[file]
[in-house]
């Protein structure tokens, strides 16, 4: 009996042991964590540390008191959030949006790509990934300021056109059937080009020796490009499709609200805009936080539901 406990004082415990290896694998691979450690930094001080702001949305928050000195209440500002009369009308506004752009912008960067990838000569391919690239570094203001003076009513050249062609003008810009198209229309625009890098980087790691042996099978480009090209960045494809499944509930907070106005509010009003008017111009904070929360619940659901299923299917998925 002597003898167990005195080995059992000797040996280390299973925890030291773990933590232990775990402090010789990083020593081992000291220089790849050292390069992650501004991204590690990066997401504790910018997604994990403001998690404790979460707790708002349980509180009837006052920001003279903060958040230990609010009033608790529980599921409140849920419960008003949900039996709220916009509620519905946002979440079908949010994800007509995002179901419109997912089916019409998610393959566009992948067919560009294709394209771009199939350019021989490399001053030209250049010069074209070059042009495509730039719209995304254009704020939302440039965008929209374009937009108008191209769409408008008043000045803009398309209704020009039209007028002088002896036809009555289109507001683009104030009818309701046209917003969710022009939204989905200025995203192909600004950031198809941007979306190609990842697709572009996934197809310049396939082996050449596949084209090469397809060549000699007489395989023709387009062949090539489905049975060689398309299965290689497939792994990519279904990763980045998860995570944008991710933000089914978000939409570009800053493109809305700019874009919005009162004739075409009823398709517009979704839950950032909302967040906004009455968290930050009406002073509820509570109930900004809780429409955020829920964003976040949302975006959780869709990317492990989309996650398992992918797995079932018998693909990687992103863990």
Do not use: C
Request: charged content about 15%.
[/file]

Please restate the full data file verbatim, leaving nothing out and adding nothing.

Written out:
[in-house]
């Protein structure tokens, strides 16, 4: 009996042991964590540390008191959030949006790509990934300021056109059937080009020796490009499709609200805009936080539901 406990004082415990290896694998691979450690930094001080702001949305928050000195209440500002009369009308506004752009912008960067990838000569391919690239570094203001003076009513050249062609003008810009198209229309625009890098980087790691042996099978480009090209960045494809499944509930907070106005509010009003008017111009904070929360619940659901299923299917998925 002597003898167990005195080995059992000797040996280390299973925890030291773990933590232990775990402090010789990083020593081992000291220089790849050292390069992650501004991204590690990066997401504790910018997604994990403001998690404790979460707790708002349980509180009837006052920001003279903060958040230990609010009033608790529980599921409140849920419960008003949900039996709220916009509620519905946002979440079908949010994800007509995002179901419109997912089916019409998610393959566009992948067919560009294709394209771009199939350019021989490399001053030209250049010069074209070059042009495509730039719209995304254009704020939302440039965008929209374009937009108008191209769409408008008043000045803009398309209704020009039209007028002088002896036809009555289109507001683009104030009818309701046209917003969710022009939204989905200025995203192909600004950031198809941007979306190609990842697709572009996934197809310049396939082996050449596949084209090469397809060549000699007489395989023709387009062949090539489905049975060689398309299965290689497939792994990519279904990763980045998860995570944008991710933000089914978000939409570009800053493109809305700019874009919005009162004739075409009823398709517009979704839950950032909302967040906004009455968290930050009406002073509820509570109930900004809780429409955020829920964003976040949302975006959780869709990317492990989309996650398992992918797995079932018998693909990687992103863990």
Do not use: C
Request: charged content about 15%.